Wrong-the method is almost right but a fretted 12th will have a higher frequency than a open string. and it`s the open and 12th fret harmonic that should be tested.


12th Fret harmonic is not the preferred method by many luthiers. That method has been wrongly passed on by many over the years. Using the fretted 12th and open string compensates for the string deflection more accurately. (Guitar Player Repiar Guide - D Erlewine)

Oops! I'm a slow typer and see I've been beaten to the punch!
Moving on.....
Last edited by KenG at Jul 28, 2009,
#10
Quote by jean_genie
There's no E in a D chord.

Bam.


Guys... this guy had it first post. Of course the low E string is going to sound like crap when playing a D chord.... that's why you mute it. This isn't an intonation problem, this is a problem of sounding horrible because of what he's playing.
#11
Quote by timeconsumer09
Guys... this guy had it first post. Of course the low E string is going to sound like crap when playing a D chord.... that's why you mute it. This isn't an intonation problem, this is a problem of sounding horrible because of what he's playing.



well i might be going out on a limb, knowing how crazy some of these threads are, but i'm guessing that, he's checked the tuning at the 12th and saying that it's not intonating.
and isnt just talking about a strummed chord.


^^
Jenneh

Quote by TNfootballfan62
Jenny needs to sow her wild oats with random Gibsons and Taylors she picks up in bars before she settles down with a PRS.


Set up Questions? ...Q & A Thread

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#12
Yeah, he says full D not open D so he may be referring to a 9th Fret Barre Chord.
Moving on.....
#13
Quote by KenG
Yeah, he says full D not open D so he may be referring to a 9th Fret Barre Chord.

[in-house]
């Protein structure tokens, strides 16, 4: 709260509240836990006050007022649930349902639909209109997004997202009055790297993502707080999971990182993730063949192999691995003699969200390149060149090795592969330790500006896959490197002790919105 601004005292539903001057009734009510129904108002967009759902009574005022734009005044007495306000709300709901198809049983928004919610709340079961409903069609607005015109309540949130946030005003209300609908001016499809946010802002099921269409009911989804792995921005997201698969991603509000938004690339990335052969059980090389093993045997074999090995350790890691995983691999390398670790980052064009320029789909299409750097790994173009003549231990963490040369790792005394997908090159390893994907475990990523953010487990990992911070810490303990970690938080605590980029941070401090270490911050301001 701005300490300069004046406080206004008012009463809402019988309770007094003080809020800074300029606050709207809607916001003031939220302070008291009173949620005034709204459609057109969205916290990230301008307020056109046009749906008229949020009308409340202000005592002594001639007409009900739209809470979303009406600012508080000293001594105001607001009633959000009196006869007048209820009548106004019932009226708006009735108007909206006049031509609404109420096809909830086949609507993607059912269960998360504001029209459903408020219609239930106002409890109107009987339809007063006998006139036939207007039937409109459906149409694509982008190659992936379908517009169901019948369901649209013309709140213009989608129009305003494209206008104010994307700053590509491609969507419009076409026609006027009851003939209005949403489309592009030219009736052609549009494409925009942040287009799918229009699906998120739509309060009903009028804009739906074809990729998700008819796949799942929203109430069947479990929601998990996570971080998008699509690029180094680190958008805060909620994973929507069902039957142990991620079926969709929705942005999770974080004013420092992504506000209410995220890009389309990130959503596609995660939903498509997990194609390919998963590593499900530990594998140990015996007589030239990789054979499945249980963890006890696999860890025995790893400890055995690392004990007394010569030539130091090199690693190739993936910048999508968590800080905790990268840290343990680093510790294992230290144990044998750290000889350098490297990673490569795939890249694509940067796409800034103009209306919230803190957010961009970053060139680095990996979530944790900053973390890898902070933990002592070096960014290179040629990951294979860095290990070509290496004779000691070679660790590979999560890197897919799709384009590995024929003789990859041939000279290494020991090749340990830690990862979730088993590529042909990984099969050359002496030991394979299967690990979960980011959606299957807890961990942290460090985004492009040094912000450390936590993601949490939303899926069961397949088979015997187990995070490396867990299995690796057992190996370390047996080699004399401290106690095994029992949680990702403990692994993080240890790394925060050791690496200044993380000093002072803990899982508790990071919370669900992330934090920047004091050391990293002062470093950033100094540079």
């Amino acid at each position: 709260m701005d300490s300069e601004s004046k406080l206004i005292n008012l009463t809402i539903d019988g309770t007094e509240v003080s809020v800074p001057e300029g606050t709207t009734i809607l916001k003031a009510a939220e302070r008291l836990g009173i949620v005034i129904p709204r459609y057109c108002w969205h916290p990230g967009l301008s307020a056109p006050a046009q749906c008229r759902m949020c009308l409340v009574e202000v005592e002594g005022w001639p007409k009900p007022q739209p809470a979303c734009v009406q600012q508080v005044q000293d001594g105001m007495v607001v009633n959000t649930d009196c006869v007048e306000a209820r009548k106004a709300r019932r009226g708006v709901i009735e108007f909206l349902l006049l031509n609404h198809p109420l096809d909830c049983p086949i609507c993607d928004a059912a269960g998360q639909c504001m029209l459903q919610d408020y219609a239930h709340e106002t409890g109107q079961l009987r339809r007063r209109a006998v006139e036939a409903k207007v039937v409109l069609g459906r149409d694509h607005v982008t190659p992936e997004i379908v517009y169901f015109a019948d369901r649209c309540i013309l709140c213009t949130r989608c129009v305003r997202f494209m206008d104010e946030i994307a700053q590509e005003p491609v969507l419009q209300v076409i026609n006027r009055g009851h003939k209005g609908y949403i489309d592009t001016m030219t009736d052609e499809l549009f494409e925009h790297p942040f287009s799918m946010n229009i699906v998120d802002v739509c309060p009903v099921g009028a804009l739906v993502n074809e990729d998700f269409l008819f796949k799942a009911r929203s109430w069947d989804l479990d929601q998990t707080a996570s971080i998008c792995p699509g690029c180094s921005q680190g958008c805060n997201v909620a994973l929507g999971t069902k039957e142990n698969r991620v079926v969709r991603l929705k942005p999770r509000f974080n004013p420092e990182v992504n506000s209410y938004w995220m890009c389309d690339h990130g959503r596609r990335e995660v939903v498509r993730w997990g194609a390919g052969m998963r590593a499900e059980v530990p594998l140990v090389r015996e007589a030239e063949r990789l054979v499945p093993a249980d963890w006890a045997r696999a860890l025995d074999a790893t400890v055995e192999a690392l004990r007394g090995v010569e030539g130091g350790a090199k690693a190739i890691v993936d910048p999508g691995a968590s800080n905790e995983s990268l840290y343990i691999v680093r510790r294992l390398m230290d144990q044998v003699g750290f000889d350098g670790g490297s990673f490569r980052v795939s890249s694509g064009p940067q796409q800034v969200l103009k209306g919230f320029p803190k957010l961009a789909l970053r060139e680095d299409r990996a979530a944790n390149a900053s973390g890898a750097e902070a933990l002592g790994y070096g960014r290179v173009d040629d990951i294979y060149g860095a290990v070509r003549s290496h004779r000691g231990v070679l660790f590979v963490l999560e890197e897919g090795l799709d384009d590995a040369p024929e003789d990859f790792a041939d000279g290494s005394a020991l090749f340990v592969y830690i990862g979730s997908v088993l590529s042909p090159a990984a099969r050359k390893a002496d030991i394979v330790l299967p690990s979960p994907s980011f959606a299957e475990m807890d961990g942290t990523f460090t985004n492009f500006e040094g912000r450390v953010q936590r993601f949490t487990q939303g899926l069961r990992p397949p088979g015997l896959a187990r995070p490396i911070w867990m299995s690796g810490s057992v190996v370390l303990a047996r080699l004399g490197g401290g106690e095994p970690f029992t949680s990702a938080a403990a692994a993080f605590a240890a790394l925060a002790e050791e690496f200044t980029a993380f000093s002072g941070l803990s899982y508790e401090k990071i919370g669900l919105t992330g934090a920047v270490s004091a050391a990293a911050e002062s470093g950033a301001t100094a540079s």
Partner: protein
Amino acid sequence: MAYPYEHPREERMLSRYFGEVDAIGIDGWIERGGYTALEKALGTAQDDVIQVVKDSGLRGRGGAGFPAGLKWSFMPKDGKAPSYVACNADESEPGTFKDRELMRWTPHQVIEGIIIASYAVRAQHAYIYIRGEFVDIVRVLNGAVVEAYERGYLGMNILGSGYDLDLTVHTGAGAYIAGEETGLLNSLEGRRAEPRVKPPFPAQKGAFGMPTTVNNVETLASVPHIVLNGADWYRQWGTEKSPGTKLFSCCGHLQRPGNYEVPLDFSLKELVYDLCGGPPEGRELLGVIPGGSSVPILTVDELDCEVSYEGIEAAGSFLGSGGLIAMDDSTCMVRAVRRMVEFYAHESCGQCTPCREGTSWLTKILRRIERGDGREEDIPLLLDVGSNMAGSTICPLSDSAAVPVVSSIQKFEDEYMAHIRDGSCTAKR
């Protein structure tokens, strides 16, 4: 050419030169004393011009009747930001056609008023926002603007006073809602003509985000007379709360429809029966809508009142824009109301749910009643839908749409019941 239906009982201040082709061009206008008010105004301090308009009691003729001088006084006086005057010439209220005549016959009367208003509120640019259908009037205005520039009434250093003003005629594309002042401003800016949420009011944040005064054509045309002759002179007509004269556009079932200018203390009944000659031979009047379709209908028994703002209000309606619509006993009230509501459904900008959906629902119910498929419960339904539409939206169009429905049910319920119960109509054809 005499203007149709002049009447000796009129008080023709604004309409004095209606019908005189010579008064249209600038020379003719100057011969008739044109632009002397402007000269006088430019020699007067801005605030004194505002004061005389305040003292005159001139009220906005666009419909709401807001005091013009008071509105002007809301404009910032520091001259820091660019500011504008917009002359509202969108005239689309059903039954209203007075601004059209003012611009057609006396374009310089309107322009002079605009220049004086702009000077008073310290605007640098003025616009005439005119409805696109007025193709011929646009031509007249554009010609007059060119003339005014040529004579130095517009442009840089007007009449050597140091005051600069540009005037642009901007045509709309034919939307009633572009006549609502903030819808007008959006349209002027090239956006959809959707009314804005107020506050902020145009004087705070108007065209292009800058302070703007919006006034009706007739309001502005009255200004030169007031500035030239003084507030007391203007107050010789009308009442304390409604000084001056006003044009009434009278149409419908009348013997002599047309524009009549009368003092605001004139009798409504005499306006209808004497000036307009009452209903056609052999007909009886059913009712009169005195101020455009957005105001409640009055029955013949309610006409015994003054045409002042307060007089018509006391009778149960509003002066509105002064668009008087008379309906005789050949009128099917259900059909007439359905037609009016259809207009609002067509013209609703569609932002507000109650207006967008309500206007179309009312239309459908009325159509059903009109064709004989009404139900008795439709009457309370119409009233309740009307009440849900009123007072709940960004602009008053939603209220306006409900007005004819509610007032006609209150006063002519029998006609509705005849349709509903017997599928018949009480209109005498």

In which case he's a goon for playing a D chord all the way up at the 9th. I can't think of a single instance where that is the most useful position to play a D chord.
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#14
Quote by MrFlibble
In which case he's a goon for playing a D chord all the way up at the 9th. I can't think of a single instance where that is the most useful position to play a D chord.


Nah! Lots of simple rock songs use E Barre chords! Takin' Care of Business by BTO is a Canadian example. E barre chords can sound thicker than A barre chords so positional changes add variety IMO. (Although I also like open position chords the most)
Moving on.....
#15
Quote by KenG
Nah! Lots of simple rock songs use E Barre chords! Takin' Care of Business by BTO is a Canadian example. E barre chords can sound thicker than A barre chords so positional changes add variety IMO. (Although I also like open position chords the most)



yeah but, you like a shorn scrotum, it's breathtaking. *pinky to mouth.




sorry, i'm in that kind of mood.
Jenneh

Quote by TNfootballfan62
Jenny needs to sow her wild oats with random Gibsons and Taylors she picks up in bars before she settles down with a PRS.


Set up Questions? ...Q & A Thread

Recognised by the Official EG/GG&A/GB&C WTLT Lists 2011